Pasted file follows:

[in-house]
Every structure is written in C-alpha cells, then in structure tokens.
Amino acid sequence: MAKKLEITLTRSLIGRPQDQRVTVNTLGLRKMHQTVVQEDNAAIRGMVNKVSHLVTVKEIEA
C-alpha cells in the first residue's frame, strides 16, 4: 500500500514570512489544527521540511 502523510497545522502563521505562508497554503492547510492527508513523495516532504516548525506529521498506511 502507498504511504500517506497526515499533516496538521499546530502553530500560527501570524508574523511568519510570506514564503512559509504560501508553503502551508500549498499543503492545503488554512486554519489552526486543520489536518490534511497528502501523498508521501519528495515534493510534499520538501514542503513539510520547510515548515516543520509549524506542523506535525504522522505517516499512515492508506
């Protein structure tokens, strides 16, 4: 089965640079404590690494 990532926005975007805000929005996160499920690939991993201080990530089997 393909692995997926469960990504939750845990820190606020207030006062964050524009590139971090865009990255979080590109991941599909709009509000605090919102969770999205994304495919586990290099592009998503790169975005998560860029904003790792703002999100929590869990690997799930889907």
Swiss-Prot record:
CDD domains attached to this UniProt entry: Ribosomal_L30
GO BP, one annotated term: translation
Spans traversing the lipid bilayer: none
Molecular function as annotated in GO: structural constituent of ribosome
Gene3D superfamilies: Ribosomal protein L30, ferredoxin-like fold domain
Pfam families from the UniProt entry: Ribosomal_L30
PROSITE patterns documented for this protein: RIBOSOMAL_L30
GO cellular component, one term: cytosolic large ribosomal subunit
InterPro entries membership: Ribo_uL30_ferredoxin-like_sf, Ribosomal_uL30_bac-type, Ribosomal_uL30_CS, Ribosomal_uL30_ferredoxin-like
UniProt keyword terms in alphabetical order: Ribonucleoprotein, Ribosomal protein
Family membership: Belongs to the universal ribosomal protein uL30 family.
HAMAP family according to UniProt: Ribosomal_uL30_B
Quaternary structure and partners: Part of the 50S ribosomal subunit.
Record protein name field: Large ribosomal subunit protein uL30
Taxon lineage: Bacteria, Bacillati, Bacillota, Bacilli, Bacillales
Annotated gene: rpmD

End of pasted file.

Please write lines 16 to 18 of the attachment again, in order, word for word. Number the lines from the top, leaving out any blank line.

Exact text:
UniProt keyword terms in alphabetical order: Ribonucleoprotein, Ribosomal protein
Family membership: Belongs to the universal ribosomal protein uL30 family.
HAMAP family according to UniProt: Ribosomal_uL30_B